The mega-merger between Dow and DuPont has already shaken out an under-performing product line: Powerhouse(TM) solar singles. As reported at PVTech, over 100 jobs in Milpitas, California and in Midland, Michigan will be lost along with the production line that assembles the copper-indium-gallium-sulfide (CIGS) cells into thin-film Building-Integrated PhotoVoltaic (BIPV) rooftop shingles. BIPV markets are very slow to grow due to inherent risk-aversion in considering new building materials, and it has been difficult to cobble together sufficient consumer demand for upgrades to existing roofs to support a profitable business. Dow had offered a 20-year product warranty and optional financing to try to move the market.
“We’re looking at this one product that could generate $5 billion in revenue by 2015 and $10 billion by 2020,” Jane Palmieri, managing director of Dow Solar Solutions, told Reuters in a 2009 interview. Dow had used CIGS cells from Global Solar for a first-generation of the product line, and then acquired NuvoSun in 2013 to own it’s own thin-film CIGS manufacturing technology in anticipation of booming demand for large solar shingles with integrated internal electronics and easy rooftop installation.
When comparing the benefits of different PV product offerings, one factor dominates the decision: all PV installations are area-constrained, and rooftops are extreme examples. The cost of the panel hardware is typically only ~25% of the complete installed system, with Balance Of System (BOS) costs for electronics and installation and financing and permits and non-recurring engineering (NRE). CIGS BIPV may cost less than silicon BIPV, but reduced conversion efficiency means less power can be produced from the roof and when you “do the math” it is always more profitable to use the most efficient PV possible.
It is worth noting that the market for solar shingles had been poisoned by pathetic products from UniSolar leaving a severely negative impression on consumers. UniSolar was part of the Energy Conversion Devices portfolio of shell-companies that went bankrupt in 2012, and the UniSolar solar shingles had 6-8% cell efficiency using amorphous-silicon (a-Si) and no integration with electronics such that a hole had to be drilled through the roof for each shingle to connect to a micro-inverter (leading to extreme installation costs and an inherently leaky roof). So unfortunately, Dow faced a severe up-hill-battle in the roofing market to fight against a negative impression of all solar shingles.
Nobel Laureate Shuji Nakamura provided the keynote address to the attendees at the 57th annual Electronic Materials Conference held this week in Columbus, Ohio. His talk on “The History and Developments of InGaN-based LEDs and Laser Diodes” informed and entertained the audience of materials researchers, particularly since he followed first-principles of materials science and his natural inspiration to create the world’s first commercially viable blue LEDs over 20 years ago.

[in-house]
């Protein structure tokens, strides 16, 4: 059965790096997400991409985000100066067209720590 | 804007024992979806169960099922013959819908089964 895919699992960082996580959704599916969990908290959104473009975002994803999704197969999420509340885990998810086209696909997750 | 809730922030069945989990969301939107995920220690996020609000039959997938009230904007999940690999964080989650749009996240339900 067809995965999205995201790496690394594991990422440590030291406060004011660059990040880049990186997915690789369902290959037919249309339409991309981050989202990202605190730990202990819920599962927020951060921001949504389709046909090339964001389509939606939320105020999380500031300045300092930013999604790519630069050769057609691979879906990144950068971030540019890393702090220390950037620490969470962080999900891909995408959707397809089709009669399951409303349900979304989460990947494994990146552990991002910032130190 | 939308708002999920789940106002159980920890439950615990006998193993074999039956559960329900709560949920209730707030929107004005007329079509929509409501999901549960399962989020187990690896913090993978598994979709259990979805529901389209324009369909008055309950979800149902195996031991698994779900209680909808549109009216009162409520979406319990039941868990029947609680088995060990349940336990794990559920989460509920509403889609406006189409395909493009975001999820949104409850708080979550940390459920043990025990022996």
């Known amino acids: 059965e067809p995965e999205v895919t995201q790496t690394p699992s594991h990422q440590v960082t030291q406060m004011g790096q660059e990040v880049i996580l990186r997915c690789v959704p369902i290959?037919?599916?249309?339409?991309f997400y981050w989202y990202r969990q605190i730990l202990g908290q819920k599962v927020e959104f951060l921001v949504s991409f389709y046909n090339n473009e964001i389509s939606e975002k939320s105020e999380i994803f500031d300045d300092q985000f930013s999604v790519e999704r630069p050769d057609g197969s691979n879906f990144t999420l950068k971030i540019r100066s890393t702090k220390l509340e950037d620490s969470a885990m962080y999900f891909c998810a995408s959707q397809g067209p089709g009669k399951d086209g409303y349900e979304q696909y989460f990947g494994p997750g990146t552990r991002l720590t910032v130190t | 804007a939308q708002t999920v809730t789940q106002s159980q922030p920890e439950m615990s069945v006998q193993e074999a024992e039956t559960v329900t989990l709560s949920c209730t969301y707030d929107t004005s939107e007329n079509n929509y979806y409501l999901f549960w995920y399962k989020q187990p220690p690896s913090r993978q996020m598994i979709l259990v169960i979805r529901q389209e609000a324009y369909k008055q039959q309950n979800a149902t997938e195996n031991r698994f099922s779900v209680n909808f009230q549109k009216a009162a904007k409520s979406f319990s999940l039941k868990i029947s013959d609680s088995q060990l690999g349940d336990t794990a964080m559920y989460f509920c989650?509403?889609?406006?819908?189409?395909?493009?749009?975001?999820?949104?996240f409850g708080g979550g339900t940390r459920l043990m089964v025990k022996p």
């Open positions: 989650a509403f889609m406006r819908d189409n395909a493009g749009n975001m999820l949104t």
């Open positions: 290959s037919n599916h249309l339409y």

Nakamura-sensei is now legendary for showing excellent GaN-based blue LED functionality in an era when ZnSe was the main material explored by almost all scientists in the world due to six orders of magnitude superior defectivity level for the latter material (due to near zero lattice mismatch between ZnSe and GaAs, instead of the extreme mismatch between GaN and sapphire). In the 57th EMC keynote, he confessed that the only reason he began work on GaN was that almost everyone else was ignoring it so he could easily get papers published on the way to earning a Ph.D., and he initially had no plans to try to create a blue LED with the material.
However, when he bought a new MOCVD reactor to grow GaN on sapphire substrates he found the capabilities of the tool to be lacking so he began daily hardware modifications and test runs, and after some months began to get surprisingly strong data. Soon his group at Nichia was reporting world record GaN optoelectronic properties, and had developed both n- and p-type GaN. However, from first principles it was known that a double-heterojunction (DH) structure would allow for band-gap and hence wavelength tuning, so he then developed the world’s first useful InGaN MOCVD process and by 1993 was able to issue a press release claiming 1000 mcd LED output. “Indium gallium nitride is the most important material, but the Nobel committee didn’t say anything about Indium gallium nitride,” reminded Nakamura.
Most of the rest of the story is well known by now, including his precedent-setting lawsuit with Nichia, move to UCSB, and founding of Soraa.
Nakamura’s vision for the the future of blue (and through integration with phosphors “white”) light can be summed up as LEDs are good but lasers are better. Relatively speaking, with lasers the current density can by many times higher, and BMW and Audi have prototype laser headlamps that can reach 2-3x farther down the road compared to the best lamps today. The challenges today are to improve efficiency and cost. Efficiency for blue LEDs are now 50-60% while lasers are only ~30%. Also, blue laser production cost is now ~10x higher than that for blue LEDs. —E.K.